The junction connects Mill Lane, Pembroke Street and Trumpington StreetRosie Bradbury

“I thought something must be done”, said second-year Girton student Lara Parizotto, who has recently launched a petition calling upon Cambridgeshire County Council to install traffic lights at the junction connecting Mill Lane, Pembroke Street and Trumpington Street.

Open for signatures until Sunday 25th November, the petition has demanded “an investigation to determine the suitability of a new traffic light system on the junction of the three busy Cambridge roads mentioned which currently pose a risk to all road users”. It cites the dangers that pedestrians and cyclists face on a daily basis as they “struggle to join traffic as there are no measures in place for cars and buses to give way”.

Parizotto told Varsity that she found the junction “very very dangerous” during her first year due to the high volume of traffic. She said that upon returning to Cambridge, talking to other concerned students combined with several near misses with cars and cyclists inspired her launch the campaign.

The junction, one of the busiest in Cambridge, is used by hundreds of vehicles and cyclists everyday, particularly by students travelling to lectures on Mill Lane and Pembroke Street. The proximity of Colleges including Pembroke, Peterhouse and St Catherine’s adds to the foot traffic at the interchange.

Parizotto explained that although the layout of the junction is not a particular problem, the lack of a clear give-way or traffic light system makes it “very difficult”. She stated that it is an issue “not just for cyclists, because some cars try to give way to pedestrians, to cyclists, and don’t know whether they can go or not without harming someone.”

“I just feel like you’re taking your life into your hands every time you cross the road”

She has suggested that a traffic light system would make the junction safer, as it would allow cyclists to set off before cars and buses. “You are already in a very vulnerable position being a cyclist, and if you’re trying to compete with big cars or buses it can be a bit scary”, she added. She argued that it would give cyclists “extra security and confidence” to know that they would not be caught up behind big vehicles when trying to navigate the area.

Pembroke second-year Catherine Lally expressed her support for Parizotto’s petition: “I have to walk across that intersection several times a day and I still find it as scary as I did when I was a fresher, just because of the concentration of cars and cyclists turning around the really steep corners. I just feel like you’re taking your life into your hands every time you cross the road.”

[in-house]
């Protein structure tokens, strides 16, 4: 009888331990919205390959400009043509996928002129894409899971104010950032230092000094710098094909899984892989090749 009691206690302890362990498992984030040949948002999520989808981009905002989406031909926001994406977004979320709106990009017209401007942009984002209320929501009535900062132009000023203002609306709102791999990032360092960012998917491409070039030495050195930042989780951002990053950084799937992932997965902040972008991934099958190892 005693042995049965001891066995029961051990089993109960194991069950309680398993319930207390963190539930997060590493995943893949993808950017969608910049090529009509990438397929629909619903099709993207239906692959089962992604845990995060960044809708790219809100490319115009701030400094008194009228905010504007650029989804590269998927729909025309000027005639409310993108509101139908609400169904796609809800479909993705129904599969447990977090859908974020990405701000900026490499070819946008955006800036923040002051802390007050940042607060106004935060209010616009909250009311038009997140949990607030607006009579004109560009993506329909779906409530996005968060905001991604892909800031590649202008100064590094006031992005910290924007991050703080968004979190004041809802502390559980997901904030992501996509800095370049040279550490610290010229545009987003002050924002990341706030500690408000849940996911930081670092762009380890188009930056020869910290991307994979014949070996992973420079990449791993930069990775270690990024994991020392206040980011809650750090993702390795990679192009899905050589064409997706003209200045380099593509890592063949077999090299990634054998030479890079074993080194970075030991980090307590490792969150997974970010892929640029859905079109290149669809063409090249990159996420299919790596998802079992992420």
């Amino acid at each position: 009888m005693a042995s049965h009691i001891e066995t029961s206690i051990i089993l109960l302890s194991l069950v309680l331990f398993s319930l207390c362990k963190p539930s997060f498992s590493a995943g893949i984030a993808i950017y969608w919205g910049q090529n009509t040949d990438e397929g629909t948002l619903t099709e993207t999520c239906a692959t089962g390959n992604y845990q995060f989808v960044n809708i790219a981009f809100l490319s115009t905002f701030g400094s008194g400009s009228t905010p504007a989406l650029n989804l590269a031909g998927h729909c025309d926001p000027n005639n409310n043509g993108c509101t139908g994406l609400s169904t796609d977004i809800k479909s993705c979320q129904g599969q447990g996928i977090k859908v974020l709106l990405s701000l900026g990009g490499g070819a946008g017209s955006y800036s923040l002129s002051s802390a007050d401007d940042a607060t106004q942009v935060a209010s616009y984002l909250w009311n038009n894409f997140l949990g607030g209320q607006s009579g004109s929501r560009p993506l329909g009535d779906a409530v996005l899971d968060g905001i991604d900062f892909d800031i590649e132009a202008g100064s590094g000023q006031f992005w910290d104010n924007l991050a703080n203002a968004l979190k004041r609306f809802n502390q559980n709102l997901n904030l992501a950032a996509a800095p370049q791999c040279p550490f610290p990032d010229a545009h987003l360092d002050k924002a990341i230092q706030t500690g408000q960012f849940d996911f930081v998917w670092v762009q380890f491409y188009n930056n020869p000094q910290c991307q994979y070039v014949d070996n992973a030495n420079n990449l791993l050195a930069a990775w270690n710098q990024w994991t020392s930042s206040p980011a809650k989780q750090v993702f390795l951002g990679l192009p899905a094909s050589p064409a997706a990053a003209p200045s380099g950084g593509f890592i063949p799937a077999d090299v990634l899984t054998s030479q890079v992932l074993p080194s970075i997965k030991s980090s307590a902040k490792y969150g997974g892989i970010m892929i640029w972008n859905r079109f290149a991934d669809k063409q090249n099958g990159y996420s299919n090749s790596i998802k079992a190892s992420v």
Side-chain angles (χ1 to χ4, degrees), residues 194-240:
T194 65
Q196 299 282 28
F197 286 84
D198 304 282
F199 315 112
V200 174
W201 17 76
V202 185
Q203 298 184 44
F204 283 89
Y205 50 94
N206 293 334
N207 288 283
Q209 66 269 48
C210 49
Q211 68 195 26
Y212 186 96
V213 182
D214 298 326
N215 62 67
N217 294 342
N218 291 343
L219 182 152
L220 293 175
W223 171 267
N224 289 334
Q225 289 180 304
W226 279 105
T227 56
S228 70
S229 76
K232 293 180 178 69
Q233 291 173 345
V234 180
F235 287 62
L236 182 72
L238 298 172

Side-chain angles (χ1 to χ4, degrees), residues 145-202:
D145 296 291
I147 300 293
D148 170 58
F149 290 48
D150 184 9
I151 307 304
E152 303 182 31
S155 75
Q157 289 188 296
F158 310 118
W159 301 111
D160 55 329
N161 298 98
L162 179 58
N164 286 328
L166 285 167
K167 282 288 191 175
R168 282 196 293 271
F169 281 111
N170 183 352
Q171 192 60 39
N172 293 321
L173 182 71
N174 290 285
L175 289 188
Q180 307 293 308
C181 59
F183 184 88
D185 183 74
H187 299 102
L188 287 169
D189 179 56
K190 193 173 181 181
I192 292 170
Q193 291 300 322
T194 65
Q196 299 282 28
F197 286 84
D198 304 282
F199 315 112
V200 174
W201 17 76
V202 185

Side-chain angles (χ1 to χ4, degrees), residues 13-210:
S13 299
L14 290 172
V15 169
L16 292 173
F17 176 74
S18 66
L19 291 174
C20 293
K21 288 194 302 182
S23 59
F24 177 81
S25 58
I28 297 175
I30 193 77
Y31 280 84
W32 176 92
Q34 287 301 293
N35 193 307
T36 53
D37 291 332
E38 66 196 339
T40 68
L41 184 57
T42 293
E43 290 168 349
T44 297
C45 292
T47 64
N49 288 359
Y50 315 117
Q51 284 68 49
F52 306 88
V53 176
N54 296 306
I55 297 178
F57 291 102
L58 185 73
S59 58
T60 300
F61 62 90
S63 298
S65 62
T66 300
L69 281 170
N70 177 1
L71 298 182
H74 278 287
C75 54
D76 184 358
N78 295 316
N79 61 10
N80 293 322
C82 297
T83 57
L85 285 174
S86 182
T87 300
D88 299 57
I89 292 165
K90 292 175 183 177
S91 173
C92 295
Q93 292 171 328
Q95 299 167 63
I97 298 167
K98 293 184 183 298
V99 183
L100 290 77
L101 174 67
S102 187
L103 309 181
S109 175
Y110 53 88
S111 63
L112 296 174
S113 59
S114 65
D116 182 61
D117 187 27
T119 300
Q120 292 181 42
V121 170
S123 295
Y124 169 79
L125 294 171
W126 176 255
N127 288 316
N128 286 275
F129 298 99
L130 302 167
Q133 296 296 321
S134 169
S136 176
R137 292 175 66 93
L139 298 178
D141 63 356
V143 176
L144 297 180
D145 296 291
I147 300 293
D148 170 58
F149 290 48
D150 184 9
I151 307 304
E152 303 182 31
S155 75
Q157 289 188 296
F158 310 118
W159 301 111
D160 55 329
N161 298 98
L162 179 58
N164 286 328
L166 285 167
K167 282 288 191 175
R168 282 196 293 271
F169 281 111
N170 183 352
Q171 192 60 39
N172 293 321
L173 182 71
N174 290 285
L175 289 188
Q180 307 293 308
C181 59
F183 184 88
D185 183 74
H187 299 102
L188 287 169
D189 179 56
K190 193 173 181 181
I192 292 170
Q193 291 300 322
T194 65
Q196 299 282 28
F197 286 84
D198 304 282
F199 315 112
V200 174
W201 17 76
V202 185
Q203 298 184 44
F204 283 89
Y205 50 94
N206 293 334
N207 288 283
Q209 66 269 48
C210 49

Lally agreed that traffic lights would make the area easier to navigate, describing the crossing as “a safety hazard for cyclists and pedestrians” in its current state.

However, second-year Homertonian Alex Evans disagreed that traffic lights would solve the traffic problems, arguing that they would “only make the traffic worse” due to the proximity of a pedestrian crossing meters away on Trumpington Road.

Evans said that he believed that the junction poses a danger to students, largely caused by the narrowing turning area for buses and limited space for cyclists and pedestrians. He called for the prohibition of “buses and large vehicles from going up such a narrow road and, more importantly, for everyone to use their indicators.”

He commented further that “the amount of pedestrians who have nearly been hit by inconsiderate motorists and cyclists is beyond a joke. If people could take the extra second to do so [to indicate], everyone would have a better understanding of how the traffic will be flowing and thus can plan around them.”


Mountain View

University Council member resigns after ‘illegal’ voting rights Grace approved

A Cambridgeshire County Council spokesperson stated that “regular inspections are carried out on all county council roads to ensure suitable levels of safety are maintained and appropriate measures are put in place where possible”, adding that petitions “are one way in which residents can let us know their concerns.”

A member of the Council and the Highways and Community Infrastructure Committee, Jocelynne Scott, said that “to see so many signatures for a petition in such a short space of time shows how strongly people feel about this issue. This junction is a vital and busy intersection in Cambridge, and we need to ensure that the safety of all road users are taken into consideration.”

Parizotto has described the engagement of councillors as “hopeful”, adding: “it’s never too dull or annoying to talk about it, if you feel like there is something that should be changed.”

Sponsored links

Partner links